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Beach House / Poor Moon

Beach House / Poor Moon: Live in BostonLive in Boston (2012)
live show

Reviewer Rating: 4


Contributed by: InaGreendaseInaGreendase
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Seattle quartet and Sub Pop labelmates Poor Moon were the sole opener for Beach House at their stop in Boston on this tour in support of the latter's excellent new release, Bloom. Apparently, the band is a side project of Fleet Foxes, a tidbit of information I wouldn't discover until I began to writ.


Seattle quartet and Sub Pop labelmates Poor Moon were the sole opener for Beach House at their stop in Boston on this tour in support of the latter's excellent new release, Bloom. Apparently, the band is a side project of Fleet Foxes, a tidbit of information I wouldn't discover until I began to write this very review. That sort of makes sense: Fleet Foxes' recent record was a decent slab of (overhyped) indie-folk that would often vibe a little too sleepy for my liking, and the same could largely be said about Poor Moon. Cool, baroque pop arrangements and vocals that reminded me of Someone Still Loves You Boris Yeltsin's John Cardwell--obviously, PM was dreamier and more ornate, but their dynamics weren't nearly as pronounced. There weren't many crescendos or crests to grab a hold of. The crowd didn't seem to mind too much, though, paying attention politely and reacting enthusiastically (for an opener) between songs.

With Beach House about to take the stage, a little background here: I was perched in the balcony seats at the elegant Wilbur Theater. With Beach House slowly catapulting into indie stardom (sort of), would this be the sort of atmosphere where everyone stood up, or remain seated (Especially given the fact that the venue had a standing-only floor below us all)? It was most definitely the latter. Beach House guitarist Alex Scally seemed to hint at some sort of venue policy that actually prevented everyone from standing up, but I'm not sure if that was true or not. There may have also been some sort of administered sedative, because everyone up here looked like they were in a three-hour Advanced Economics lecture. It's okay to at least mouth along, guys. Yeesh. Pretend you care.

Anyway, the band came out as a three-piece, with Scally, frontwoman and organ op Victoria Legrand and drummer/percussionist Daniel Franz, and behind them were these large industrial fans housed in wooden planks, made to look like factory-style ventilating systems. They made for some interesting visual components and reflectors for the creative lighting used, which also included a sparkling, starry backdrop for the mesmerizing "Norway."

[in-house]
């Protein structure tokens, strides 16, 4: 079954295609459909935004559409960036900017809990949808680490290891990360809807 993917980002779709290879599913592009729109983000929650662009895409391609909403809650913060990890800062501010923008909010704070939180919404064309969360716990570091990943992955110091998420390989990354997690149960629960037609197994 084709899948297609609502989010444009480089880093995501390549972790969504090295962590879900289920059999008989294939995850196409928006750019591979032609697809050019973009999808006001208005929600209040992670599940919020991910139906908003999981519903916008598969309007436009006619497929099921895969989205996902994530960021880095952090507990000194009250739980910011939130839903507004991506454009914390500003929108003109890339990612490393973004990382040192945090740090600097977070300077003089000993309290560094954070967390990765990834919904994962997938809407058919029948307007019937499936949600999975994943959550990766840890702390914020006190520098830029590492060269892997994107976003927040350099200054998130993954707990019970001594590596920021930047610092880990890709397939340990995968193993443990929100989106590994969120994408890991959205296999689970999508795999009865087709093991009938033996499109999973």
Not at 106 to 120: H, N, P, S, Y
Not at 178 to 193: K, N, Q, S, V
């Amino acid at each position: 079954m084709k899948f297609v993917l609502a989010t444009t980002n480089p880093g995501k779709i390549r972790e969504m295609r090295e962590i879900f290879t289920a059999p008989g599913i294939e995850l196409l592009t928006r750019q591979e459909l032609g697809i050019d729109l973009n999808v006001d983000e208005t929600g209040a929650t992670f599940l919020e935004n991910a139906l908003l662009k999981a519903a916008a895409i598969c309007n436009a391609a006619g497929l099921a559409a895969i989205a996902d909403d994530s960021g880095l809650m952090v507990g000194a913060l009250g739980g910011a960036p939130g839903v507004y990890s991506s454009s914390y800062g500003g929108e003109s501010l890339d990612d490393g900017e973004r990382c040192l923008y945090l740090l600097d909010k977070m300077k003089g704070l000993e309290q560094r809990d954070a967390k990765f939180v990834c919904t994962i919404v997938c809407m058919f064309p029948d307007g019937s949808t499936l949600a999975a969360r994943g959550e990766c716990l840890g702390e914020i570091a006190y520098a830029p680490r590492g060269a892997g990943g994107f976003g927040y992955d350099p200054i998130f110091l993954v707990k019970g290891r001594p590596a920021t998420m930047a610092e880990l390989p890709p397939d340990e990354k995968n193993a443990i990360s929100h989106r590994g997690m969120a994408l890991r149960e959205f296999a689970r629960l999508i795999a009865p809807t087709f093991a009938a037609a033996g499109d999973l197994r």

While the band's stage presence often left something to be desired, what they lacked in commanding gestures they made up for in delivery. Pre-recorded bits and loops were kept to a minimum; the majority of the music seemed live and Legrand belted out her husky, entrancing melodies with ease. Vicky did seem occasionally more lively, like during "Silver Soul." Scally was an apt partner whose main highlight came at the end with set (and Bloom) closer "Irene," when he added the most passing glance of Kevin Shields-style noise as the band shut the whole shish kabob down.

The cool thing about seeing Beach House as opposed to the last time (I believe it was February 2011 at New York City's Webster Hall for me) was that their two latest albums were now both undeniably great, as opposed to one great/one pretty good (nothing against 2008's nonetheless solid Devotion), which meant an exponentially even better set list. And that it was, with the band playing all but one track off Bloom (hidden song "Wherever You Go" was omitted too, but that's cool) and 70 percent of Teen Dream (although, no "Lover of Mine," one of the seemingly biggest "singles" from that album? Weird). It was more or less hit after compelling hit.

Set list (9:32-10:48):

Wild
Better Times
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Norway
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Walk in the Park
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Other People
Lazuli
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Gila
Silver Soul
The Hours
On the Sea
New Year
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Zebra
Wishes
Take Care
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Myth
Encore (10:49-11:01):
10 Mile Stereo
Irene

 

 
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